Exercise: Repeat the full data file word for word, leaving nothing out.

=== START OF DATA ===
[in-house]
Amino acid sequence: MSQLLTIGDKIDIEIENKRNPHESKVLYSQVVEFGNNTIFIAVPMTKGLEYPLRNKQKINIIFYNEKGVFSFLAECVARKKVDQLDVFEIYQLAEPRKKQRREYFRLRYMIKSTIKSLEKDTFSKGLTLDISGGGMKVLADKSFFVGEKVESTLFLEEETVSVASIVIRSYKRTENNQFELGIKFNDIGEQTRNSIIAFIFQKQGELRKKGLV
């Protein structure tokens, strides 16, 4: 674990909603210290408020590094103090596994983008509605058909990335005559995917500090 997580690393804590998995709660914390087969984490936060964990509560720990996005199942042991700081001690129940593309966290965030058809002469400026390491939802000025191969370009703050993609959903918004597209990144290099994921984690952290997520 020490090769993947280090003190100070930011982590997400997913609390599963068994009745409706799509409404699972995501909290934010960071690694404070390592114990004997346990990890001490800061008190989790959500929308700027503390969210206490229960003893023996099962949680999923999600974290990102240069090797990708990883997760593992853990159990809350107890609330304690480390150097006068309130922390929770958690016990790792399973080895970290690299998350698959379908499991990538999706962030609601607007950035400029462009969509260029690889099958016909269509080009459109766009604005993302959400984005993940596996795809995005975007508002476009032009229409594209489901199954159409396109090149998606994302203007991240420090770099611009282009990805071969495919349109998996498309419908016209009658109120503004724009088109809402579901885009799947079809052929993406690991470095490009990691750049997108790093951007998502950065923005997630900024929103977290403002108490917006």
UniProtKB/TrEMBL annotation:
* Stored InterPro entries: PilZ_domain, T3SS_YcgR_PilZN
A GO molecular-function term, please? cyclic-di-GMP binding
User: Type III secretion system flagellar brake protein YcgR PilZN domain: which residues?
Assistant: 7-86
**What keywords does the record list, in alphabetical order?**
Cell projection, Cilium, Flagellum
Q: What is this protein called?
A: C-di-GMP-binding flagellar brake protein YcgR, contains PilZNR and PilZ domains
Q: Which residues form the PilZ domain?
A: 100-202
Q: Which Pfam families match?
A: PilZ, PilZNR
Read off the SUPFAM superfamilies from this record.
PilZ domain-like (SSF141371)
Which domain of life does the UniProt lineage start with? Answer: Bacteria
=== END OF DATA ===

[in-house]
Amino acid sequence: MSQLLTIGDKIDIEIENKRNPHESKVLYSQVVEFGNNTIFIAVPMTKGLEYPLRNKQKINIIFYNEKGVFSFLAECVARKKVDQLDVFEIYQLAEPRKKQRREYFRLRYMIKSTIKSLEKDTFSKGLTLDISGGGMKVLADKSFFVGEKVESTLFLEEETVSVASIVIRSYKRTENNQFELGIKFNDIGEQTRNSIIAFIFQKQGELRKKGLV
């Protein structure tokens, strides 16, 4: 674990909603210290408020590094103090596994983008509605058909990335005559995917500090 997580690393804590998995709660914390087969984490936060964990509560720990996005199942042991700081001690129940593309966290965030058809002469400026390491939802000025191969370009703050993609959903918004597209990144290099994921984690952290997520 020490090769993947280090003190100070930011982590997400997913609390599963068994009745409706799509409404699972995501909290934010960071690694404070390592114990004997346990990890001490800061008190989790959500929308700027503390969210206490229960003893023996099962949680999923999600974290990102240069090797990708990883997760593992853990159990809350107890609330304690480390150097006068309130922390929770958690016990790792399973080895970290690299998350698959379908499991990538999706962030609601607007950035400029462009969509260029690889099958016909269509080009459109766009604005993302959400984005993940596996795809995005975007508002476009032009229409594209489901199954159409396109090149998606994302203007991240420090770099611009282009990805071969495919349109998996498309419908016209009658109120503004724009088109809402579901885009799947079809052929993406690991470095490009990691750049997108790093951007998502950065923005997630900024929103977290403002108490917006």
UniProtKB/TrEMBL annotation:
* Stored InterPro entries: PilZ_domain, T3SS_YcgR_PilZN
A GO molecular-function term, please? cyclic-di-GMP binding
User: Type III secretion system flagellar brake protein YcgR PilZN domain: which residues?
Assistant: 7-86
**What keywords does the record list, in alphabetical order?**
Cell projection, Cilium, Flagellum
Q: What is this protein called?
A: C-di-GMP-binding flagellar brake protein YcgR, contains PilZNR and PilZ domains
Q: Which residues form the PilZ domain?
A: 100-202
Q: Which Pfam families match?
A: PilZ, PilZNR
Read off the SUPFAM superfamilies from this record.
PilZ domain-like (SSF141371)
Which domain of life does the UniProt lineage start with? Answer: Bacteria